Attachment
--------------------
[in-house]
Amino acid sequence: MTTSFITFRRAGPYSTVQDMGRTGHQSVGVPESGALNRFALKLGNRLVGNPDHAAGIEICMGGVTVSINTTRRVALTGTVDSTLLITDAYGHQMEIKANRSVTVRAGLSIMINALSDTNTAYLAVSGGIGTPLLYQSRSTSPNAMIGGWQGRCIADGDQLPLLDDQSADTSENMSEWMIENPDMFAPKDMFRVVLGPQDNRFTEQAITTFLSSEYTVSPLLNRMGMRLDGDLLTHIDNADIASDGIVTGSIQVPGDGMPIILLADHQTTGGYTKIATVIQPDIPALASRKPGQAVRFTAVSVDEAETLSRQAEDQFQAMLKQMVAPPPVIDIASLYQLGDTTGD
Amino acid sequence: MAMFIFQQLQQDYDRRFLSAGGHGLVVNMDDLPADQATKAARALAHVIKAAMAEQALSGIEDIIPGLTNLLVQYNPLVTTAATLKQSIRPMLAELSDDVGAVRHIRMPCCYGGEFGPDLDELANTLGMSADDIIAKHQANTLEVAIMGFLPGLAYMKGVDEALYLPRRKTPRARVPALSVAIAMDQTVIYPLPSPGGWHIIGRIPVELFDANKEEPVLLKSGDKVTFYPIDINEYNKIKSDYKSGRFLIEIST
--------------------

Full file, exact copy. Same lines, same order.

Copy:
[in-house]
Amino acid sequence: MTTSFITFRRAGPYSTVQDMGRTGHQSVGVPESGALNRFALKLGNRLVGNPDHAAGIEICMGGVTVSINTTRRVALTGTVDSTLLITDAYGHQMEIKANRSVTVRAGLSIMINALSDTNTAYLAVSGGIGTPLLYQSRSTSPNAMIGGWQGRCIADGDQLPLLDDQSADTSENMSEWMIENPDMFAPKDMFRVVLGPQDNRFTEQAITTFLSSEYTVSPLLNRMGMRLDGDLLTHIDNADIASDGIVTGSIQVPGDGMPIILLADHQTTGGYTKIATVIQPDIPALASRKPGQAVRFTAVSVDEAETLSRQAEDQFQAMLKQMVAPPPVIDIASLYQLGDTTGD
Amino acid sequence: MAMFIFQQLQQDYDRRFLSAGGHGLVVNMDDLPADQATKAARALAHVIKAAMAEQALSGIEDIIPGLTNLLVQYNPLVTTAATLKQSIRPMLAELSDDVGAVRHIRMPCCYGGEFGPDLDELANTLGMSADDIIAKHQANTLEVAIMGFLPGLAYMKGVDEALYLPRRKTPRARVPALSVAIAMDQTVIYPLPSPGGWHIIGRIPVELFDANKEEPVLLKSGDKVTFYPIDINEYNKIKSDYKSGRFLIEIST